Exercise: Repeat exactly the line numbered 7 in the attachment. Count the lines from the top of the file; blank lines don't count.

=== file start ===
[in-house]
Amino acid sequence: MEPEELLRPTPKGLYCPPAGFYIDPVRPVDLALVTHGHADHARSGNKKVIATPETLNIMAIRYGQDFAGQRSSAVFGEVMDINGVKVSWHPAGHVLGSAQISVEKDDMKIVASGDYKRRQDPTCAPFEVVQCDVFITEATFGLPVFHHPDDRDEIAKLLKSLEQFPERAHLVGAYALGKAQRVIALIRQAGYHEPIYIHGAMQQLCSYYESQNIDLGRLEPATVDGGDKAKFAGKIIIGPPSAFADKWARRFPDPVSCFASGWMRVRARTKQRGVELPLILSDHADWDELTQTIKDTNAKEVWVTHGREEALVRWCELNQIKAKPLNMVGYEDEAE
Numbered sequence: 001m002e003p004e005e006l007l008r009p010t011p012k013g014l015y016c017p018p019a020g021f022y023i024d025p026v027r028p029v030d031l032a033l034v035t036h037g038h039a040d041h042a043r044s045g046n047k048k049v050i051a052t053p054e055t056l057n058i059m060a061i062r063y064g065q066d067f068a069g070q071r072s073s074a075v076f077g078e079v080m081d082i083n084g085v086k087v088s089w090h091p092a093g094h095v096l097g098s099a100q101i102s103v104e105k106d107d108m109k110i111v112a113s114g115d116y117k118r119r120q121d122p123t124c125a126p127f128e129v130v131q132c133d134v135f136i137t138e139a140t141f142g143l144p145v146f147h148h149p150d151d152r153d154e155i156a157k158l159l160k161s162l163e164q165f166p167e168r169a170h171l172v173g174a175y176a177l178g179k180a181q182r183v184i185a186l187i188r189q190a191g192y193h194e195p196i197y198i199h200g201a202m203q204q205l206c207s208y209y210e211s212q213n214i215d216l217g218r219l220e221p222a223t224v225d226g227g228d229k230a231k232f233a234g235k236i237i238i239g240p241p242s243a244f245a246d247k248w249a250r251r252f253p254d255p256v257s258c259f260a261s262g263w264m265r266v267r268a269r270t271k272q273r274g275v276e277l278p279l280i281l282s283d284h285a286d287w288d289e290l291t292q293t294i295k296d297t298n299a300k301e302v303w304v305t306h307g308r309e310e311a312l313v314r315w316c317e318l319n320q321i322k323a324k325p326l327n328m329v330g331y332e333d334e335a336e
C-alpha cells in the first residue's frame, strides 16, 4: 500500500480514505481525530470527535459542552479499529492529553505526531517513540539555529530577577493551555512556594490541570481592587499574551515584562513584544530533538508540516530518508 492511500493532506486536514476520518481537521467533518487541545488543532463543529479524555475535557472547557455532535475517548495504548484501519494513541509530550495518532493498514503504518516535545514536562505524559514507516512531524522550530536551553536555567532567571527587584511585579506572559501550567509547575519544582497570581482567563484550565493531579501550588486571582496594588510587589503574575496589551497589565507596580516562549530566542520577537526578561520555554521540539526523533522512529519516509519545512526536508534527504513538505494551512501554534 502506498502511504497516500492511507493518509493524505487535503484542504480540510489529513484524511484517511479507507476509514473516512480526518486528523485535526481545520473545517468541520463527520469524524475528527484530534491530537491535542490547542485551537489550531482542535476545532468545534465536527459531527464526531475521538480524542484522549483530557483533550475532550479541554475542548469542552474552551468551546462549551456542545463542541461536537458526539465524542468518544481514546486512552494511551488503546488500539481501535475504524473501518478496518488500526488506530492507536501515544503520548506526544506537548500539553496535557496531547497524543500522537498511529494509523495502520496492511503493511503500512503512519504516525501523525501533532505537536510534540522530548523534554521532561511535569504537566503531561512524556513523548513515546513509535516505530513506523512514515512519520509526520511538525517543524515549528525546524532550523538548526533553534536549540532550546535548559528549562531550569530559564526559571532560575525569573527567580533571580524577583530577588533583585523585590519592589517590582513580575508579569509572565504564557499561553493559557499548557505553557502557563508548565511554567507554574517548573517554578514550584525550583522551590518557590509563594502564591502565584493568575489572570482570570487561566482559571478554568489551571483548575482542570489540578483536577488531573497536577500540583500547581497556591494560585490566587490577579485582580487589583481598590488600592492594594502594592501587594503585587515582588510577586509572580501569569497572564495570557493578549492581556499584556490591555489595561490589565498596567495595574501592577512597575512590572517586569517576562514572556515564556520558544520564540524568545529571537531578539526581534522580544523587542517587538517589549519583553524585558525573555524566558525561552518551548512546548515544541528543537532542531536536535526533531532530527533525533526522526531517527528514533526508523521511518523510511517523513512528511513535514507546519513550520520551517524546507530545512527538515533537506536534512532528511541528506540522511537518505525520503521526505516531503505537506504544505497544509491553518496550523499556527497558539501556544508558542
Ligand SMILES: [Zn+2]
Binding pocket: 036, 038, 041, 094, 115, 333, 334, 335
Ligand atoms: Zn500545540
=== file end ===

Ligand atoms: Zn500545540